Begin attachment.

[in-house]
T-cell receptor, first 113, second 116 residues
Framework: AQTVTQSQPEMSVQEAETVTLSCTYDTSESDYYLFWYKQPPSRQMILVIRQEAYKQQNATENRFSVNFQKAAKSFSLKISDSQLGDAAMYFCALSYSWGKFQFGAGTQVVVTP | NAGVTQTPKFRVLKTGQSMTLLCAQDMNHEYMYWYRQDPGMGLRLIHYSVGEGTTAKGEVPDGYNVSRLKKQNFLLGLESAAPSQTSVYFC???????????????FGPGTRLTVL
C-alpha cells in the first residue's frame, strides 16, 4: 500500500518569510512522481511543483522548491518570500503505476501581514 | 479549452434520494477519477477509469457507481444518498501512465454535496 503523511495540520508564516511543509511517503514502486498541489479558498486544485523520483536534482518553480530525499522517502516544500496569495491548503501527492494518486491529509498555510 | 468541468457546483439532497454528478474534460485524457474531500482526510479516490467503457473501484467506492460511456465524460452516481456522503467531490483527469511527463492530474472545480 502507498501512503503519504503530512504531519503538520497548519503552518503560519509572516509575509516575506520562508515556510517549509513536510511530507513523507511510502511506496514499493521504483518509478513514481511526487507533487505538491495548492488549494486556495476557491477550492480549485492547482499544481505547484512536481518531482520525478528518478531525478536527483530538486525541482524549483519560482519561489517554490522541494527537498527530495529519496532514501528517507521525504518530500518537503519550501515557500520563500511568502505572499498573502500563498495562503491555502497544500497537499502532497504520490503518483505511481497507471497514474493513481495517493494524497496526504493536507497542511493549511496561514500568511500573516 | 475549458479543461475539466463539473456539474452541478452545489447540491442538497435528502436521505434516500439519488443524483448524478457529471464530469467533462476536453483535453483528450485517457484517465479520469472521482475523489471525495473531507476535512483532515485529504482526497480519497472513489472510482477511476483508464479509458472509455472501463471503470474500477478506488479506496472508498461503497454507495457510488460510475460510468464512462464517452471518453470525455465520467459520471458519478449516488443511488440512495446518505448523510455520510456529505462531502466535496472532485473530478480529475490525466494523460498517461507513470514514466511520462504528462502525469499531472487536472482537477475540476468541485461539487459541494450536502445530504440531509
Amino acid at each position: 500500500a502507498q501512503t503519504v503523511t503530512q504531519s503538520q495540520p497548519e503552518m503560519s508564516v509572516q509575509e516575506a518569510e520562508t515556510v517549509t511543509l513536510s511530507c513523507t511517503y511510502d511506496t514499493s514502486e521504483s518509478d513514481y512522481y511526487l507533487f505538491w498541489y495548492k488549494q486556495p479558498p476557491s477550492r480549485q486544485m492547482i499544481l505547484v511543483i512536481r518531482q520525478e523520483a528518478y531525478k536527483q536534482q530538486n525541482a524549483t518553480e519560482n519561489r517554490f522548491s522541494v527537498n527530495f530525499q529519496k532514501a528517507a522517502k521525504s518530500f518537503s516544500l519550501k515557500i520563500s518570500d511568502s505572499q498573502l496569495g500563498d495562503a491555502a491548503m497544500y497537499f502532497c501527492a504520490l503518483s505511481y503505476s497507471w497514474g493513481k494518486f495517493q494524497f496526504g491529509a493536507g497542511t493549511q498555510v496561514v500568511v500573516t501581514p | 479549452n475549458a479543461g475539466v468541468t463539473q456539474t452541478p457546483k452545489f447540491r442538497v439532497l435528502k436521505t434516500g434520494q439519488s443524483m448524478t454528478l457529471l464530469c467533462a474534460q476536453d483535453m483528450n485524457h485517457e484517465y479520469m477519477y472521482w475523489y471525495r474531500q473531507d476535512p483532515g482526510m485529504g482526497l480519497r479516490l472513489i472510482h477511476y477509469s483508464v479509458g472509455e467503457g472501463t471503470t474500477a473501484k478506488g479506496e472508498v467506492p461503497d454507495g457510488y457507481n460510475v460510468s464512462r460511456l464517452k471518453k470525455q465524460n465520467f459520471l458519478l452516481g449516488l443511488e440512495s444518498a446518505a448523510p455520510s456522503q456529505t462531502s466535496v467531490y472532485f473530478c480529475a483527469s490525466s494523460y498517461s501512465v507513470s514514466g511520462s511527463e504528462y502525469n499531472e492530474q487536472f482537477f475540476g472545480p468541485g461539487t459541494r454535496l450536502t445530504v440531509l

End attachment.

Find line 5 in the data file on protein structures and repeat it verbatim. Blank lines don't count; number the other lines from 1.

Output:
Amino acid at each position: 500500500a502507498q501512503t503519504v503523511t503530512q504531519s503538520q495540520p497548519e503552518m503560519s508564516v509572516q509575509e516575506a518569510e520562508t515556510v517549509t511543509l513536510s511530507c513523507t511517503y511510502d511506496t514499493s514502486e521504483s518509478d513514481y512522481y511526487l507533487f505538491w498541489y495548492k488549494q486556495p479558498p476557491s477550492r480549485q486544485m492547482i499544481l505547484v511543483i512536481r518531482q520525478e523520483a528518478y531525478k536527483q536534482q530538486n525541482a524549483t518553480e519560482n519561489r517554490f522548491s522541494v527537498n527530495f530525499q529519496k532514501a528517507a522517502k521525504s518530500f518537503s516544500l519550501k515557500i520563500s518570500d511568502s505572499q498573502l496569495g500563498d495562503a491555502a491548503m497544500y497537499f502532497c501527492a504520490l503518483s505511481y503505476s497507471w497514474g493513481k494518486f495517493q494524497f496526504g491529509a493536507g497542511t493549511q498555510v496561514v500568511v500573516t501581514p | 479549452n475549458a479543461g475539466v468541468t463539473q456539474t452541478p457546483k452545489f447540491r442538497v439532497l435528502k436521505t434516500g434520494q439519488s443524483m448524478t454528478l457529471l464530469c467533462a474534460q476536453d483535453m483528450n485524457h485517457e484517465y479520469m477519477y472521482w475523489y471525495r474531500q473531507d476535512p483532515g482526510m485529504g482526497l480519497r479516490l472513489i472510482h477511476y477509469s483508464v479509458g472509455e467503457g472501463t471503470t474500477a473501484k478506488g479506496e472508498v467506492p461503497d454507495g457510488y457507481n460510475v460510468s464512462r460511456l464517452k471518453k470525455q465524460n465520467f459520471l458519478l452516481g449516488l443511488e440512495s444518498a446518505a448523510p455520510s456522503q456529505t462531502s466535496v467531490y472532485f473530478c480529475a483527469s490525466s494523460y498517461s501512465v507513470s514514466g511520462s511527463e504528462y502525469n499531472e492530474q487536472f482537477f475540476g472545480p468541485g461539487t459541494r454535496l450536502t445530504v440531509l